RICHMOND, JUNE 11 -- The administration of Gov. Gerald L. Baliles is considering a plan to nearly double Virginia's now "totally inadequate" support for some local health services through an infusion of $140 million by 1990, according to internal state government documents.

The memoranda, one of which offers a sharply critical assessment of the mental health, mental retardation and drug abuse programs that an estimated 350,000 Virginians will need by 1992, suggest that the administration may be prepared to ask the General Assembly to add record sums of state money to the current two-year $160 million program for such services.

"Existing financial resources are totally inadequate to address identified and projected service demands" during the next six years, wrote Howard M. Cullum, the state's commissioner of mental health and mental retardation, in a May 1 memo to his boss, Human Resources Secretary Eva S. Teig.

A copy of the memo and a subsequent outline of Teig's 1988-90 budget priorities were obtained today by The Washington Post.

In his memo, Cullum described local services for the chronically mentally ill as "inadequate in almost every community" in the state, adding there are "significant gaps" in specialized services for those individuals.

For mentally retarded people, "long waiting lists for day programs are the norm across Virginia," Cullum wrote. Existing treatment for alcoholics, he added, "is insufficient throughout Virginia."

Cullum painted a bleak picture to support his agency's request for $140 million in new money for 1989 and 1990, the years covered by the most important budget Baliles will draft during his four-year administration. Virginia governors may not succeed themselves.

Baliles, who is eager for that biennial budget to reflect his own progressive agenda, is under mounting pressure from a coalition of advocacy groups to plow millions of new dollars into community-based programs for the mentally ill and the handicapped. The initiatives proposed by Cullum mesh with the groups' strategy to increase dra-"I think $140 million is going to give everybody pause . . . . "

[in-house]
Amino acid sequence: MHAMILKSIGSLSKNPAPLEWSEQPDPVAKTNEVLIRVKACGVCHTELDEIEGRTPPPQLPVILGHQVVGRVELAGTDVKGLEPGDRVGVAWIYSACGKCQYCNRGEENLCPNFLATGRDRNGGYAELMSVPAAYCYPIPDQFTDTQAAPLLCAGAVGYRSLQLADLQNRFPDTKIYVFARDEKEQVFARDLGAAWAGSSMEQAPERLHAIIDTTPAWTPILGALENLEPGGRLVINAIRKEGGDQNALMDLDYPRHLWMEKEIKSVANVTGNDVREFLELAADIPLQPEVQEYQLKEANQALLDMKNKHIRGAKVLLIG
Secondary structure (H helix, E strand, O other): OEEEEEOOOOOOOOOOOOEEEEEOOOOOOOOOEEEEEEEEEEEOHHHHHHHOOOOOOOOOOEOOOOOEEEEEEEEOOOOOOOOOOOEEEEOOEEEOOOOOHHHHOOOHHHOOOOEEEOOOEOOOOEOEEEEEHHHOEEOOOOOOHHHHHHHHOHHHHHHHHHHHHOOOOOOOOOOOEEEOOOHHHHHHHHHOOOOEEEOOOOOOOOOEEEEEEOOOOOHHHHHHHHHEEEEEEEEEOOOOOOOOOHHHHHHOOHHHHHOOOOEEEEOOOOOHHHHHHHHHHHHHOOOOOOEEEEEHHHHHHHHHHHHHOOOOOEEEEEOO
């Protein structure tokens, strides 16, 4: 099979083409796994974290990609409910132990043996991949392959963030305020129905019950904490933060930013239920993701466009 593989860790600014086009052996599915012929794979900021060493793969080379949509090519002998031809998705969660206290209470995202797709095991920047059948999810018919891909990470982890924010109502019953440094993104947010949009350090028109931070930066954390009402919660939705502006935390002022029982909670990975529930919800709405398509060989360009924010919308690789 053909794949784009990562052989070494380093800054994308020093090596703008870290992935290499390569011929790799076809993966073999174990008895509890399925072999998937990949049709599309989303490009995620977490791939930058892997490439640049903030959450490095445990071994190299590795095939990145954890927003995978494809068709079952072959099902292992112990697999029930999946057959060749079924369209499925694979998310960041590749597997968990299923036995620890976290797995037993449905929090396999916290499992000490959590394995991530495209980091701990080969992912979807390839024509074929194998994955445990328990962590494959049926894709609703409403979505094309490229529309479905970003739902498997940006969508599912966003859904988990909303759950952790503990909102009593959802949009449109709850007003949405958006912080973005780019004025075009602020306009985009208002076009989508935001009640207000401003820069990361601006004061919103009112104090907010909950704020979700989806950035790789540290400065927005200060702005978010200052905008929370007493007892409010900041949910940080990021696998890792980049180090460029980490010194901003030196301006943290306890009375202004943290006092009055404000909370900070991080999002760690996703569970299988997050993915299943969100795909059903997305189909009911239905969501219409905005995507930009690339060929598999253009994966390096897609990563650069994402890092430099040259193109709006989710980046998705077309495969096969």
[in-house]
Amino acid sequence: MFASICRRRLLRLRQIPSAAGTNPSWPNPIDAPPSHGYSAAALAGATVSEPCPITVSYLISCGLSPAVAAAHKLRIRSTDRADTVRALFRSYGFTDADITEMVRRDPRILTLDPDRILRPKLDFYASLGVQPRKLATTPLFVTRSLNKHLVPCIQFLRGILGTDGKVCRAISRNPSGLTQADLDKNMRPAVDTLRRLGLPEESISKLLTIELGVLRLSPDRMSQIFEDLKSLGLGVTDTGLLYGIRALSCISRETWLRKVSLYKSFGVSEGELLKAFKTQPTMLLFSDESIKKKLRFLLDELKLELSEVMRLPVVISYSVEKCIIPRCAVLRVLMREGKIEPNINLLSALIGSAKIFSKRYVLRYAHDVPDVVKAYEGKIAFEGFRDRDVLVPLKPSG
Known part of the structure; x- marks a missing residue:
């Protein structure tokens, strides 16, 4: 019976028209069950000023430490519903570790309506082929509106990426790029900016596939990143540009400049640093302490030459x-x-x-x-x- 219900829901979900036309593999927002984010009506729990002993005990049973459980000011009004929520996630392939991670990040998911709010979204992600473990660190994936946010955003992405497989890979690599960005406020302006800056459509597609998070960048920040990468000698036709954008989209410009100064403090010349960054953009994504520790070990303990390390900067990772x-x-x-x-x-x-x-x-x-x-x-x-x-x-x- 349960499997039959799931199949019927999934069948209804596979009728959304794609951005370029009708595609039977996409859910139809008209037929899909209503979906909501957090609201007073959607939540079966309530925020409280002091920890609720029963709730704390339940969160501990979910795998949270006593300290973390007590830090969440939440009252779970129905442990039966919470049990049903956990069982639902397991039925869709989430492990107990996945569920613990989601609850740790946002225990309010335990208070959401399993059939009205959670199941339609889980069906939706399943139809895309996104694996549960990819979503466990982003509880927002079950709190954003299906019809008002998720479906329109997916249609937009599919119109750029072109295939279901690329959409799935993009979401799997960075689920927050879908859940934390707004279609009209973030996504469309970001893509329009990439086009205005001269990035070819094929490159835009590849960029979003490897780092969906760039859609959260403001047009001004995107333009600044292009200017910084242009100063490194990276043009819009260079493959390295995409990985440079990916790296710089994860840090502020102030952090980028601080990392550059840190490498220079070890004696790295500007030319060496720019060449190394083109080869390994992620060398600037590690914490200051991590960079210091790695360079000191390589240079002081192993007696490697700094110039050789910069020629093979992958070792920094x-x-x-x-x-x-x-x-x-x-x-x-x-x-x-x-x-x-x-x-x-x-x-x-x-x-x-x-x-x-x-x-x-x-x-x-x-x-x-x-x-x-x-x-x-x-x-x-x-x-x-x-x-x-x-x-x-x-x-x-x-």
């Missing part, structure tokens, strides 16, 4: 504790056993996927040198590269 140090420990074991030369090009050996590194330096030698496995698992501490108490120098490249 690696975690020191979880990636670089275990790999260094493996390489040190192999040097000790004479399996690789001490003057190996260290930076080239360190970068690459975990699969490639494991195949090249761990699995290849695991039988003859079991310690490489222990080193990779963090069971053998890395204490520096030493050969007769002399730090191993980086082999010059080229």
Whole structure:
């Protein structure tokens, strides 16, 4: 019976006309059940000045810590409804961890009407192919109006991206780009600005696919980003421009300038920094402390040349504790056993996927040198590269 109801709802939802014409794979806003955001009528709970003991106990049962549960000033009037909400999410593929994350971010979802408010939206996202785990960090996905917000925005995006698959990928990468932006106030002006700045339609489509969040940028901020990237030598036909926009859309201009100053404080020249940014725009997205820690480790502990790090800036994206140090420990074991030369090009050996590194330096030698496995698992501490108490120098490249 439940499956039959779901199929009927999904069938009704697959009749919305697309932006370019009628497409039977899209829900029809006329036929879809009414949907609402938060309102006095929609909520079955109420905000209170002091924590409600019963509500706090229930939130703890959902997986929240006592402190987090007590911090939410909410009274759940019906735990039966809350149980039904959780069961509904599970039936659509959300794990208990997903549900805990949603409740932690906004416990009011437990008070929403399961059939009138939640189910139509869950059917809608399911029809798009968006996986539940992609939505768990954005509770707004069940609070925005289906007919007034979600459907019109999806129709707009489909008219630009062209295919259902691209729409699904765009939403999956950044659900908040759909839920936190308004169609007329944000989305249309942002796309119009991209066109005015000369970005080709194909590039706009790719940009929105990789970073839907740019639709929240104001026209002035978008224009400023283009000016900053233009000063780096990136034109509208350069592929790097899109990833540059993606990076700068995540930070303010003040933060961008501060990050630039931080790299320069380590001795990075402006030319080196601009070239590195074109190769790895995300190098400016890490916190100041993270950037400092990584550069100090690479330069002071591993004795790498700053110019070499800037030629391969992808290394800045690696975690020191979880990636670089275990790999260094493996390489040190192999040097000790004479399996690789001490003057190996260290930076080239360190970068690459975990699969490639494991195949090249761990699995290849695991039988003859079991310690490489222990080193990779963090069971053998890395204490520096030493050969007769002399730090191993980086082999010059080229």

-- Del. Warren G. Stambaugh

matically state assistance for the mentally ill, one advocate said.

"The elements are right," said Christopher J. Spanos, a Northern Virginian who has helped lead the lobbying by the Coalition for Mentally Disabled Citizens of Virginia, an umbrella group for 11 advocacy organizations across the state.

"We've got people at the highest levels of government who understand the need," Spanos said. But, he added, "we don't know how the governor responds -- $140 million in a biennium is a big hunk of money."

In a telephone interview today, Teig stressed that it was far too early in the months-long budget process "to even begin speculating about priorities" or how Baliles and the legislature will balance agencies' competing requests for new funds.

However, according to a May 15 memo she sent to Paul W. Timmreck, director of the state Planning and Budget Department, Teig has assigned Cullum's community program initiatives the highest priority for new funding.

Of the 75 program initiatives outlined in her memo, Teig assigned only three others a No. 1 ranking in the human resources budget, according to the document.

"There are no commitments at this time that these initiatives will be funded all or in part," Teig said today. "But certainly there is a strong interest on our part in taking a hard look at community-based programs."

Community health programs have become increasingly important in recent years because they constitute the front line in assisting the hundreds of mentally ill people released from state facilities during a wave of deinstitutionalization in the 1970s and earlier this decade.

In Virginia, the state and federal funds earmarked for these individuals are administered through 40 community service boards, and the state government's control over these local agencies has been a sore point with some members of the General Assembly. The issue could resurface if Baliles seeks a major new appropriation for community-based care, according to several legislators.

"I think $140 million is going to give everybody pause, but there probably would be general support for it," said Del. Warren G. Stambaugh (D-Arlington), a leading spokesman in the legislature on mental health issues.

"The political thing is still going to be the authority we give to the community service boards," he added. "It will not be an easy fight if we see that money going to the boards . . . and the state losing some control."